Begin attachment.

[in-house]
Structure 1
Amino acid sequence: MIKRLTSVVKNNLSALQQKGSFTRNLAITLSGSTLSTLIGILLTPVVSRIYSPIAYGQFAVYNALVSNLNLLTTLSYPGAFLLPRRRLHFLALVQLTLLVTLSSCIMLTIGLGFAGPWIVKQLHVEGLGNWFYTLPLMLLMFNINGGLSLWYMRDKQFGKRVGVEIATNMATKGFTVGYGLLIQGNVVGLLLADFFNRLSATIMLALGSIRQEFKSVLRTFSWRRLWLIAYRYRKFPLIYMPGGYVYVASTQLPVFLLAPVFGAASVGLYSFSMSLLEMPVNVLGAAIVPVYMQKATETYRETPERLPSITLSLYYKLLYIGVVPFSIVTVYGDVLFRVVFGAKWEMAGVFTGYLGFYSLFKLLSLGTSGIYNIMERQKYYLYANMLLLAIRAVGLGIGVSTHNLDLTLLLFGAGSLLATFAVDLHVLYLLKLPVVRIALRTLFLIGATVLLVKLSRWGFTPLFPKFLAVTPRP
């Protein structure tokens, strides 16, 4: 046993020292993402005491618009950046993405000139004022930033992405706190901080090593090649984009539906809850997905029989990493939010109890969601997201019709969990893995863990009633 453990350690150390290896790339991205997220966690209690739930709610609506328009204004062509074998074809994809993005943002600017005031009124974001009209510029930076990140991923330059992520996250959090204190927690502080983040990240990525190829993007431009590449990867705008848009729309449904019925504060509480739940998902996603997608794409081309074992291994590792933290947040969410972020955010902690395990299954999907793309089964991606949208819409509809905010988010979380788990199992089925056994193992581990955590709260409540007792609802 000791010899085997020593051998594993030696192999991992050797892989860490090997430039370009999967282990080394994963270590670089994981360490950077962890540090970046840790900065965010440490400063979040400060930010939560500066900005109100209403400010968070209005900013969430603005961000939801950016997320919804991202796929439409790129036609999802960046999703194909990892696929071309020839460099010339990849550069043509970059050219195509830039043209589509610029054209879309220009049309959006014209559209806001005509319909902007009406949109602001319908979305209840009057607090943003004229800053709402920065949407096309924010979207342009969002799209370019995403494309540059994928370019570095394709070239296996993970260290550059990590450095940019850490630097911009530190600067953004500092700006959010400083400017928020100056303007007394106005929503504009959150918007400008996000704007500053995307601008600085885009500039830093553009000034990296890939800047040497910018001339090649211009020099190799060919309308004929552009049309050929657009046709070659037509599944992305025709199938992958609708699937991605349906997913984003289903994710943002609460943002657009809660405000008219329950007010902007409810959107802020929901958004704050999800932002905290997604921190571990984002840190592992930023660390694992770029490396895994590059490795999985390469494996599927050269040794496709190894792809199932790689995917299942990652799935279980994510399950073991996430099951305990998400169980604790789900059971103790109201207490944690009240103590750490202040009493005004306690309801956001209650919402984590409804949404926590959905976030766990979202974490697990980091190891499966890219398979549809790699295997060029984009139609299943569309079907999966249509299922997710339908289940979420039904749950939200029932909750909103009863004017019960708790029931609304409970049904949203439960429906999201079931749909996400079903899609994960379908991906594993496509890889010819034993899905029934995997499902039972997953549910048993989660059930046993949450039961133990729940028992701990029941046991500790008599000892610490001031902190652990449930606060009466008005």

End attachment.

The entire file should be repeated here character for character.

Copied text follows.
[in-house]
Structure 1
Amino acid sequence: MIKRLTSVVKNNLSALQQKGSFTRNLAITLSGSTLSTLIGILLTPVVSRIYSPIAYGQFAVYNALVSNLNLLTTLSYPGAFLLPRRRLHFLALVQLTLLVTLSSCIMLTIGLGFAGPWIVKQLHVEGLGNWFYTLPLMLLMFNINGGLSLWYMRDKQFGKRVGVEIATNMATKGFTVGYGLLIQGNVVGLLLADFFNRLSATIMLALGSIRQEFKSVLRTFSWRRLWLIAYRYRKFPLIYMPGGYVYVASTQLPVFLLAPVFGAASVGLYSFSMSLLEMPVNVLGAAIVPVYMQKATETYRETPERLPSITLSLYYKLLYIGVVPFSIVTVYGDVLFRVVFGAKWEMAGVFTGYLGFYSLFKLLSLGTSGIYNIMERQKYYLYANMLLLAIRAVGLGIGVSTHNLDLTLLLFGAGSLLATFAVDLHVLYLLKLPVVRIALRTLFLIGATVLLVKLSRWGFTPLFPKFLAVTPRP
């Protein structure tokens, strides 16, 4: 046993020292993402005491618009950046993405000139004022930033992405706190901080090593090649984009539906809850997905029989990493939010109890969601997201019709969990893995863990009633 453990350690150390290896790339991205997220966690209690739930709610609506328009204004062509074998074809994809993005943002600017005031009124974001009209510029930076990140991923330059992520996250959090204190927690502080983040990240990525190829993007431009590449990867705008848009729309449904019925504060509480739940998902996603997608794409081309074992291994590792933290947040969410972020955010902690395990299954999907793309089964991606949208819409509809905010988010979380788990199992089925056994193992581990955590709260409540007792609802 000791010899085997020593051998594993030696192999991992050797892989860490090997430039370009999967282990080394994963270590670089994981360490950077962890540090970046840790900065965010440490400063979040400060930010939560500066900005109100209403400010968070209005900013969430603005961000939801950016997320919804991202796929439409790129036609999802960046999703194909990892696929071309020839460099010339990849550069043509970059050219195509830039043209589509610029054209879309220009049309959006014209559209806001005509319909902007009406949109602001319908979305209840009057607090943003004229800053709402920065949407096309924010979207342009969002799209370019995403494309540059994928370019570095394709070239296996993970260290550059990590450095940019850490630097911009530190600067953004500092700006959010400083400017928020100056303007007394106005929503504009959150918007400008996000704007500053995307601008600085885009500039830093553009000034990296890939800047040497910018001339090649211009020099190799060919309308004929552009049309050929657009046709070659037509599944992305025709199938992958609708699937991605349906997913984003289903994710943002609460943002657009809660405000008219329950007010902007409810959107802020929901958004704050999800932002905290997604921190571990984002840190592992930023660390694992770029490396895994590059490795999985390469494996599927050269040794496709190894792809199932790689995917299942990652799935279980994510399950073991996430099951305990998400169980604790789900059971103790109201207490944690009240103590750490202040009493005004306690309801956001209650919402984590409804949404926590959905976030766990979202974490697990980091190891499966890219398979549809790699295997060029984009139609299943569309079907999966249509299922997710339908289940979420039904749950939200029932909750909103009863004017019960708790029931609304409970049904949203439960429906999201079931749909996400079903899609994960379908991906594993496509890889010819034993899905029934995997499902039972997953549910048993989660059930046993949450039961133990729940028992701990029941046991500790008599000892610490001031902190652990449930606060009466008005």